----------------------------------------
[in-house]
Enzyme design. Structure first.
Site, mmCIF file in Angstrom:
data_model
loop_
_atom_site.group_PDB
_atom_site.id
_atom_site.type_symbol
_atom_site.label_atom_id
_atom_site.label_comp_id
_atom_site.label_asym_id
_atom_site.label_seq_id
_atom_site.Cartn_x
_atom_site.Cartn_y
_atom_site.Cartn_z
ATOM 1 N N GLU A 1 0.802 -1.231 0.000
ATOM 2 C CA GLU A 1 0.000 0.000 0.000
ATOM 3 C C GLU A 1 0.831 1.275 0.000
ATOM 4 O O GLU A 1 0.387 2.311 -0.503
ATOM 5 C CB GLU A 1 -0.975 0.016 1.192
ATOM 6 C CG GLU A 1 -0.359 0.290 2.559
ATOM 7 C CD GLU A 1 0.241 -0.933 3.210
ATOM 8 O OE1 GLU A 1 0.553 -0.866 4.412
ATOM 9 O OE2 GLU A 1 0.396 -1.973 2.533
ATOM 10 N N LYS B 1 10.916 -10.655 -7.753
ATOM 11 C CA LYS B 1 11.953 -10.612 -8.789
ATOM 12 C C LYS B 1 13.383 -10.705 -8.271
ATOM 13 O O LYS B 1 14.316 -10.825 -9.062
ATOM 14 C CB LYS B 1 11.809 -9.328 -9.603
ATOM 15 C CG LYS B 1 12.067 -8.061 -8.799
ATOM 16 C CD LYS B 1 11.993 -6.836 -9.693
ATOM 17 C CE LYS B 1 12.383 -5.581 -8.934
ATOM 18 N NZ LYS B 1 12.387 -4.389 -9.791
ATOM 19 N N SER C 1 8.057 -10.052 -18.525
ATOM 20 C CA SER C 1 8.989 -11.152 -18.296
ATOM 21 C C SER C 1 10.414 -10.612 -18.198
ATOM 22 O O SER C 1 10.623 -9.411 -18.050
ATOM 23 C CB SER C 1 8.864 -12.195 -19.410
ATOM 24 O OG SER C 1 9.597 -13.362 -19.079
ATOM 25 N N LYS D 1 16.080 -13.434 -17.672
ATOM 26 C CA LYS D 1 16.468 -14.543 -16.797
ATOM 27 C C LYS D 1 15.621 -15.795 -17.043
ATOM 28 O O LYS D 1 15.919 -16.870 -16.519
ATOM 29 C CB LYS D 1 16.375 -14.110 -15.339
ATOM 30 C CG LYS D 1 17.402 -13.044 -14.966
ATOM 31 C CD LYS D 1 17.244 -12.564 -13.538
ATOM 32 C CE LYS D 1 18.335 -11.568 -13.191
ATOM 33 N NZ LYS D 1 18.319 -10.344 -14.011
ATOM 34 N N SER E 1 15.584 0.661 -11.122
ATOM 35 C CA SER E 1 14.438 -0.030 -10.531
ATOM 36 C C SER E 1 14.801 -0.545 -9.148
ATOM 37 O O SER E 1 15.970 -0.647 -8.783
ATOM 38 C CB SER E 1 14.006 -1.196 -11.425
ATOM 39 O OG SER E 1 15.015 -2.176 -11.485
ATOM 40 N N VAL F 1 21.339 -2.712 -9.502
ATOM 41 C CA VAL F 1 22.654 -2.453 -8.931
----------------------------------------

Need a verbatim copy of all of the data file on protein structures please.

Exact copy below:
[in-house]
Enzyme design. Structure first.
Site, mmCIF file in Angstrom:
data_model
loop_
_atom_site.group_PDB
_atom_site.id
_atom_site.type_symbol
_atom_site.label_atom_id
_atom_site.label_comp_id
_atom_site.label_asym_id
_atom_site.label_seq_id
_atom_site.Cartn_x
_atom_site.Cartn_y
_atom_site.Cartn_z
ATOM 1 N N GLU A 1 0.802 -1.231 0.000
ATOM 2 C CA GLU A 1 0.000 0.000 0.000
ATOM 3 C C GLU A 1 0.831 1.275 0.000
ATOM 4 O O GLU A 1 0.387 2.311 -0.503
ATOM 5 C CB GLU A 1 -0.975 0.016 1.192
ATOM 6 C CG GLU A 1 -0.359 0.290 2.559
ATOM 7 C CD GLU A 1 0.241 -0.933 3.210
ATOM 8 O OE1 GLU A 1 0.553 -0.866 4.412
ATOM 9 O OE2 GLU A 1 0.396 -1.973 2.533
ATOM 10 N N LYS B 1 10.916 -10.655 -7.753
ATOM 11 C CA LYS B 1 11.953 -10.612 -8.789
ATOM 12 C C LYS B 1 13.383 -10.705 -8.271
ATOM 13 O O LYS B 1 14.316 -10.825 -9.062
ATOM 14 C CB LYS B 1 11.809 -9.328 -9.603
ATOM 15 C CG LYS B 1 12.067 -8.061 -8.799
ATOM 16 C CD LYS B 1 11.993 -6.836 -9.693
ATOM 17 C CE LYS B 1 12.383 -5.581 -8.934
ATOM 18 N NZ LYS B 1 12.387 -4.389 -9.791
ATOM 19 N N SER C 1 8.057 -10.052 -18.525
ATOM 20 C CA SER C 1 8.989 -11.152 -18.296
ATOM 21 C C SER C 1 10.414 -10.612 -18.198
ATOM 22 O O SER C 1 10.623 -9.411 -18.050
ATOM 23 C CB SER C 1 8.864 -12.195 -19.410
ATOM 24 O OG SER C 1 9.597 -13.362 -19.079
ATOM 25 N N LYS D 1 16.080 -13.434 -17.672
ATOM 26 C CA LYS D 1 16.468 -14.543 -16.797
ATOM 27 C C LYS D 1 15.621 -15.795 -17.043
ATOM 28 O O LYS D 1 15.919 -16.870 -16.519
ATOM 29 C CB LYS D 1 16.375 -14.110 -15.339
ATOM 30 C CG LYS D 1 17.402 -13.044 -14.966
ATOM 31 C CD LYS D 1 17.244 -12.564 -13.538
ATOM 32 C CE LYS D 1 18.335 -11.568 -13.191
ATOM 33 N NZ LYS D 1 18.319 -10.344 -14.011
ATOM 34 N N SER E 1 15.584 0.661 -11.122
ATOM 35 C CA SER E 1 14.438 -0.030 -10.531
ATOM 36 C C SER E 1 14.801 -0.545 -9.148
ATOM 37 O O SER E 1 15.970 -0.647 -8.783
ATOM 38 C CB SER E 1 14.006 -1.196 -11.425
ATOM 39 O OG SER E 1 15.015 -2.176 -11.485
ATOM 40 N N VAL F 1 21.339 -2.712 -9.502
ATOM 41 C CA VAL F 1 22.654 -2.453 -8.931